The European Central Bank (ECB) has announced a new jumbo hike of interest rates in a bid to bring down record inflation in the eurozone.
The bank’s three key interest rates were each bumped by three-quarters of a percentage point, the same as they did in September.
The central bank’s interest rates have a cascading effect across the eurozone and directly influence the rates that commercial banks offer to households and businesses.
Mortgages, car loans and credit cards will become more expensive and less attractive as a result.
Governments will have to make higher payments for their national debt, worsening their public deficits.
Average debt in the eurozone stood at 94.2% of GDP at the end of the second quarter, with Greece (182.1%), Italy (150.2%) and Portugal (123.4%) topping the list.
The decision to raise interest rates was confirmed on Thursday afternoon, following days of speculation around the size of the increase, and will take effect on 2 November. It marks the third hike this year for the 19 EU countries that use the euro.
Inflation ‘far too high’
The ECB “expects to raise interest rates further” and will base its future moves on the “evolving” economic outlook, the organisation said in a statement after a meeting of the Governing Council.
“Inflation remains far too high and will stay above the target for an extended period,” it noted.
Like other central banks around the world, the ECB is taking action to make spending more costly for both consumers and companies in order to bring down soaring prices.
But the fight against inflation is expected to be painful. High-interest rates can constrain demand, investment and hiring, causing the economy to slow down.
The ECB appears determined to push through these concerns and fulfil the bank’s central mandate of price stabilisation, a goal that the Ukraine war and the energy crisis have turned into an uphill struggle.
Annual inflation in the eurozone reached 9.9% in September, an all-time high figure and almost five times the 2% target pursued by the ECB. The three Baltic countries showed inflation rates beyond the 20% mark.
The upward trend initially affected energy bills but has now spread over food, alcohol, industrial goods and services.
ECB President Christine Lagarde told reporters that economic activity in the eurozone likely “slowed significantly in the third quarter of the year and we expect a further weakening in the remainder of this year and beginning of next year.”
Additionally, “demand for services is slowing after a strong performance in previous quarters” and surveys show that “new orders in the manufacturing sector are falling”, she added.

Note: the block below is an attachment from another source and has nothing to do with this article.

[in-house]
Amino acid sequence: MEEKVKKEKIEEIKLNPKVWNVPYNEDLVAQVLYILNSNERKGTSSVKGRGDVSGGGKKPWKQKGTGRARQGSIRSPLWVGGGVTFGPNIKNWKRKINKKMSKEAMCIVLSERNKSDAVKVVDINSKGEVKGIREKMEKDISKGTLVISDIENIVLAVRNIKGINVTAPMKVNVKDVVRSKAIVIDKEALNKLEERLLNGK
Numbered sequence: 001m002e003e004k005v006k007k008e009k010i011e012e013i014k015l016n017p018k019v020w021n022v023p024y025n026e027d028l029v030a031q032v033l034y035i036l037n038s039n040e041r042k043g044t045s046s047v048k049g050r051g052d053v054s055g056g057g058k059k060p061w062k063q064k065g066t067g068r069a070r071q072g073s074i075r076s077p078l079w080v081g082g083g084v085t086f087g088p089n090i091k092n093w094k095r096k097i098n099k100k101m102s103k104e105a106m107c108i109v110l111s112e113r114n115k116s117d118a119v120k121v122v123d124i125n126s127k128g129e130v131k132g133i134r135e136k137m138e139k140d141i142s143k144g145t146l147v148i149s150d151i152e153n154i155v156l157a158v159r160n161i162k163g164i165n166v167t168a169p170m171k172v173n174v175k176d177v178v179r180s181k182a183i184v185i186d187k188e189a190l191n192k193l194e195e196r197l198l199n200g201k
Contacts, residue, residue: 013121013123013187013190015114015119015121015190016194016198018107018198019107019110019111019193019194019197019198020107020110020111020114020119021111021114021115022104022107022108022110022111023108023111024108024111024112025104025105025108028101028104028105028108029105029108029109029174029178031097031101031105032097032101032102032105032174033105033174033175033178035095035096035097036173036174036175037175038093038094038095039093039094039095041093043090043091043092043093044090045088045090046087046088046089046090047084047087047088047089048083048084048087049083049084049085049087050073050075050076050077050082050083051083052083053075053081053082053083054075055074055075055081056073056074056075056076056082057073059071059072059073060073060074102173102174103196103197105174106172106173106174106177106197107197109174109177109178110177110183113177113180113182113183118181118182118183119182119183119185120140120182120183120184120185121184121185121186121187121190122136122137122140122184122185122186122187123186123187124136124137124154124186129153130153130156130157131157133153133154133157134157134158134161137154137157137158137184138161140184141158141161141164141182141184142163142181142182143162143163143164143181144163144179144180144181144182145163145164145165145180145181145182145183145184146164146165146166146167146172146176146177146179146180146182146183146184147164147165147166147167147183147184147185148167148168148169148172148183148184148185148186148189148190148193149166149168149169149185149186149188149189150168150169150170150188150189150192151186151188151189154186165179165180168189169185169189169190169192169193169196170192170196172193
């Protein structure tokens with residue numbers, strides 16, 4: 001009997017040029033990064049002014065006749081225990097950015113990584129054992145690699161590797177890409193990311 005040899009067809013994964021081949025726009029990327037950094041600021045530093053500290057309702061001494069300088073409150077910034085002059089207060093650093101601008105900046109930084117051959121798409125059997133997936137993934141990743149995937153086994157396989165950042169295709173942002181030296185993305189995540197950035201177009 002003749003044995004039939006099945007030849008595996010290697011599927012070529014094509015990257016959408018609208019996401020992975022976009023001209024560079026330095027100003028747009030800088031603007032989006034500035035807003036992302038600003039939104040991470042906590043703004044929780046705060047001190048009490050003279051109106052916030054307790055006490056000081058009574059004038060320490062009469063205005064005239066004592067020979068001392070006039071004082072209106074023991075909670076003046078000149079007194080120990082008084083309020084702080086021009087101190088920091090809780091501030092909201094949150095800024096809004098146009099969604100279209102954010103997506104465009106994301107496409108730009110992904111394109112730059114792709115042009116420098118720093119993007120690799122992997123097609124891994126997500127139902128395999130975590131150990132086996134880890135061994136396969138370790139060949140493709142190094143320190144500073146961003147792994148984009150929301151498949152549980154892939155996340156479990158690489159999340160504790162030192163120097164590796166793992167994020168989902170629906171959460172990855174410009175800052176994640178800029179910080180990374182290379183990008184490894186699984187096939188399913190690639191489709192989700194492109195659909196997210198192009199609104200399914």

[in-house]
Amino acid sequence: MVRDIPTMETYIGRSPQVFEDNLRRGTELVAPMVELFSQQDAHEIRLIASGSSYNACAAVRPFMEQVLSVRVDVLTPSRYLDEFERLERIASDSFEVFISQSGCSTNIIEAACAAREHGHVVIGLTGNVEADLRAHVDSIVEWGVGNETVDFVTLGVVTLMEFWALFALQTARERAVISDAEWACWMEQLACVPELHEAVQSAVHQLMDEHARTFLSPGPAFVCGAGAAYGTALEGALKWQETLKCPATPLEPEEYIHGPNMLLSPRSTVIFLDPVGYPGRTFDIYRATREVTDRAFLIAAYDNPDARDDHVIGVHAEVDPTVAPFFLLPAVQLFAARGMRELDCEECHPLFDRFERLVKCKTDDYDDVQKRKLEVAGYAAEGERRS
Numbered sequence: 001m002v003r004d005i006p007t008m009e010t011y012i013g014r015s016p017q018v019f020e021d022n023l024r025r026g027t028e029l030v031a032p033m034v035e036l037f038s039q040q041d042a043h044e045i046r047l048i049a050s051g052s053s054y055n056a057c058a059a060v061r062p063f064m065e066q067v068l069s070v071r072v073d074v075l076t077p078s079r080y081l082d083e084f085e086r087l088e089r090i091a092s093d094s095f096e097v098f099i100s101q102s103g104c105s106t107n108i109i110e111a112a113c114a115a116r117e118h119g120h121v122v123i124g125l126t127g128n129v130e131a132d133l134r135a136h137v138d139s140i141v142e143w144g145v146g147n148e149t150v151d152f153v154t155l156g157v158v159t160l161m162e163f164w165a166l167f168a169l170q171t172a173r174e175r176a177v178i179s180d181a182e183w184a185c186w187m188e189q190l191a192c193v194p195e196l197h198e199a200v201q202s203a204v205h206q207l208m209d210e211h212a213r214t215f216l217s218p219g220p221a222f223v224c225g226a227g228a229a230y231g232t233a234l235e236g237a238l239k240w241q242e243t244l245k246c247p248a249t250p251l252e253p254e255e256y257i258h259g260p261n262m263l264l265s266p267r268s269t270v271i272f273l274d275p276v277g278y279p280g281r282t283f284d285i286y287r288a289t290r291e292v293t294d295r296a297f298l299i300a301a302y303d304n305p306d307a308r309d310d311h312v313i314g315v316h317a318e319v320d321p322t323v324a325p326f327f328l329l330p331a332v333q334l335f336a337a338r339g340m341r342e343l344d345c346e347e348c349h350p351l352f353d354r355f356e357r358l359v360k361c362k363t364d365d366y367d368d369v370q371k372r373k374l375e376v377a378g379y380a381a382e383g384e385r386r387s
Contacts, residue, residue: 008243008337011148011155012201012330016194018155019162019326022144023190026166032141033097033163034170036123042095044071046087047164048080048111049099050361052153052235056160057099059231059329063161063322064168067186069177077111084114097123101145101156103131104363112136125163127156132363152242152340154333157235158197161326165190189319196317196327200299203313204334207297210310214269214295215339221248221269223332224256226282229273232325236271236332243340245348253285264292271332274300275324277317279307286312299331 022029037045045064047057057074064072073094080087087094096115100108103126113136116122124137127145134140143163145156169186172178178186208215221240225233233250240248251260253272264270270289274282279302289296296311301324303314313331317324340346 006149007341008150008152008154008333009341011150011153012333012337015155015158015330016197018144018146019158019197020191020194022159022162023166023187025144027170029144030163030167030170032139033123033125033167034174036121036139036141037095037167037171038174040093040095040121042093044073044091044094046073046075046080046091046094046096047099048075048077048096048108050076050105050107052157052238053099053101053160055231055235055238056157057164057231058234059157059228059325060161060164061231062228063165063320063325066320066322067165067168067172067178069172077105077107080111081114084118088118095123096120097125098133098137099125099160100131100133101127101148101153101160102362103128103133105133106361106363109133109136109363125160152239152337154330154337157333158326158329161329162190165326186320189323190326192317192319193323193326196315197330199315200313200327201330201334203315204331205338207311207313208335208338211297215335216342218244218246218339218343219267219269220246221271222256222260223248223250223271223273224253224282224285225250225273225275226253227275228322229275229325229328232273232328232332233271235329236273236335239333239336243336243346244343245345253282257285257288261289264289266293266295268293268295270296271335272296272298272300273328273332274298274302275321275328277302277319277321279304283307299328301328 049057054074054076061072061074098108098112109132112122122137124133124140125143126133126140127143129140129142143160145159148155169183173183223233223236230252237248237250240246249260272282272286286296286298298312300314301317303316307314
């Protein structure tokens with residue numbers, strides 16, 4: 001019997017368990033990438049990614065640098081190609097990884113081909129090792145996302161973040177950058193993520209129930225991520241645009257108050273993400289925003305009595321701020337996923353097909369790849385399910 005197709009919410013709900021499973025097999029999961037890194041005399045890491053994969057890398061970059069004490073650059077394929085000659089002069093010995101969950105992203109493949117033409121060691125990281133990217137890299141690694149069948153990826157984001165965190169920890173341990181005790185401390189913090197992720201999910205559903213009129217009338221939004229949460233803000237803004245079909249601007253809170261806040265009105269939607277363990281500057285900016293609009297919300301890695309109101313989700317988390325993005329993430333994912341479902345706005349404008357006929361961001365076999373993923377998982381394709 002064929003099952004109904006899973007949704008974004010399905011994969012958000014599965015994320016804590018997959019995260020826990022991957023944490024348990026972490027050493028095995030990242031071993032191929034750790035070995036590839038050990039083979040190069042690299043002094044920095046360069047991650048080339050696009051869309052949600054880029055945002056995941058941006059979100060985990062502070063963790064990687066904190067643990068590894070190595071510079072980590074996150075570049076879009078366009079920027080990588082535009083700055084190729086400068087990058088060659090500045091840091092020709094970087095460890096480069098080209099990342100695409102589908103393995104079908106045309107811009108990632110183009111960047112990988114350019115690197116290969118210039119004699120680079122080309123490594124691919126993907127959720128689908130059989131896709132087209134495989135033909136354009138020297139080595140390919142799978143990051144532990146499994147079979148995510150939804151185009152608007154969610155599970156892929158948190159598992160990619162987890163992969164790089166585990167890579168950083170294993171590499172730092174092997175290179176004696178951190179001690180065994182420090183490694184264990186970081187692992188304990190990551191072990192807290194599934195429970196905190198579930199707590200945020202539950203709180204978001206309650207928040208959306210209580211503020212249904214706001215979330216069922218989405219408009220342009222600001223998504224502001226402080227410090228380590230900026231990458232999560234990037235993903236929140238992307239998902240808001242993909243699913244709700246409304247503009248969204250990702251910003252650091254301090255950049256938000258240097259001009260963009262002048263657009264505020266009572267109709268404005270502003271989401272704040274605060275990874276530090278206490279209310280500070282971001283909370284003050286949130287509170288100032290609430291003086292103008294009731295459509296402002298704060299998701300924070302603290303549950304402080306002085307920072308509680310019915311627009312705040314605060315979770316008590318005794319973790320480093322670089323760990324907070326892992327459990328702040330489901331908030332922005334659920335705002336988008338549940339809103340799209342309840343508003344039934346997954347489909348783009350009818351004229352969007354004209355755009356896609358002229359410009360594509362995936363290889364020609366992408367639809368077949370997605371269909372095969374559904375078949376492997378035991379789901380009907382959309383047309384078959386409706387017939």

The labour market, which has so far proved resilient and is now at a historically low level of 6.6%, could also start to be impacted with Lagarde warning of “somewhat higher unemployment in the future.”
Reservations about raising interest rates
In her first speech before lawmakers, Italy’s new prime minister, Giorgia Meloni, criticised the ECB’s successive hikes of interest rates, arguing they “have created additional difficulties for those member states which, like us, have a high public debt.”
Meloni also spoke of “rash” choices made by the Frankfurt-based bank.
The issue of debt reduction is at the core of an ongoing review of the EU’s fiscal rules, which remain suspended since the outbreak of the COVID-19 pandemic.
French President Emmanuel Macron, whose country carries a 113% debt ratio, has also expressed reservations about rising interest rates.
“I’m concerned to see lots of experts and certain European monetary policymakers explaining to us that we need to break demand in Europe to better contain inflation,” Macon told a national newspaper.
The ECB is an independent institution from member states and is only accountable before the European Parliament, shielding it from political interference.
The next monetary meeting of the bank’s governing council is scheduled to take place on 15 November, with a fresh hike of interest rates on the table.
The last time interest rates were so high in the eurozone was 2008, when the ECB tightened its policy to fight the financial crisis. The move, however, backfired and was quickly reversed.
In the following years, the eurozone experienced a rapid decline in interest rates until reaching negative territory. It wasn’t until July 2022 that rates were brought back to positive levels.
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